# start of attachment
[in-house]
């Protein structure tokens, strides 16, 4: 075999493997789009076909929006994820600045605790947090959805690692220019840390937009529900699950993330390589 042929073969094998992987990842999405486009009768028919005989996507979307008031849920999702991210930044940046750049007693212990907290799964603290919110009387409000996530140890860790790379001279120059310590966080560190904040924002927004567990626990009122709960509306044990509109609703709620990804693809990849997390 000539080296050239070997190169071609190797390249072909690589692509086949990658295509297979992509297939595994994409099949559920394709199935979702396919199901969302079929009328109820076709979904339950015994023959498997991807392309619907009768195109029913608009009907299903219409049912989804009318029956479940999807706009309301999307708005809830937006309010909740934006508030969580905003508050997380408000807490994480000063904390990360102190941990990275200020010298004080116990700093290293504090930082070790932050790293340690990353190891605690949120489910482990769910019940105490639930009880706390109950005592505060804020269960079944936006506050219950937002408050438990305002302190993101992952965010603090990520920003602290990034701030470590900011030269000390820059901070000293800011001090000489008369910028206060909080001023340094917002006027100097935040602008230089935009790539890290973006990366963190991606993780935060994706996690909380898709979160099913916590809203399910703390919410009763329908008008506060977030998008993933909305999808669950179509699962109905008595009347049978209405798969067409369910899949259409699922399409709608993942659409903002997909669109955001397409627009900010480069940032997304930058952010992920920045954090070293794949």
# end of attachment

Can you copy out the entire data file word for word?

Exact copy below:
[in-house]
């Protein structure tokens, strides 16, 4: 075999493997789009076909929006994820600045605790947090959805690692220019840390937009529900699950993330390589 042929073969094998992987990842999405486009009768028919005989996507979307008031849920999702991210930044940046750049007693212990907290799964603290919110009387409000996530140890860790790379001279120059310590966080560190904040924002927004567990626990009122709960509306044990509109609703709620990804693809990849997390 000539080296050239070997190169071609190797390249072909690589692509086949990658295509297979992509297939595994994409099949559920394709199935979702396919199901969302079929009328109820076709979904339950015994023959498997991807392309619907009768195109029913608009009907299903219409049912989804009318029956479940999807706009309301999307708005809830937006309010909740934006508030969580905003508050997380408000807490994480000063904390990360102190941990990275200020010298004080116990700093290293504090930082070790932050790293340690990353190891605690949120489910482990769910019940105490639930009880706390109950005592505060804020269960079944936006506050219950937002408050438990305002302190993101992952965010603090990520920003602290990034701030470590900011030269000390820059901070000293800011001090000489008369910028206060909080001023340094917002006027100097935040602008230089935009790539890290973006990366963190991606993780935060994706996690909380898709979160099913916590809203399910703390919410009763329908008008506060977030998008993933909305999808669950179509699962109905008595009347049978209405798969067409369910899949259409699922399409709608993942659409903002997909669109955001397409627009900010480069940032997304930058952010992920920045954090070293794949």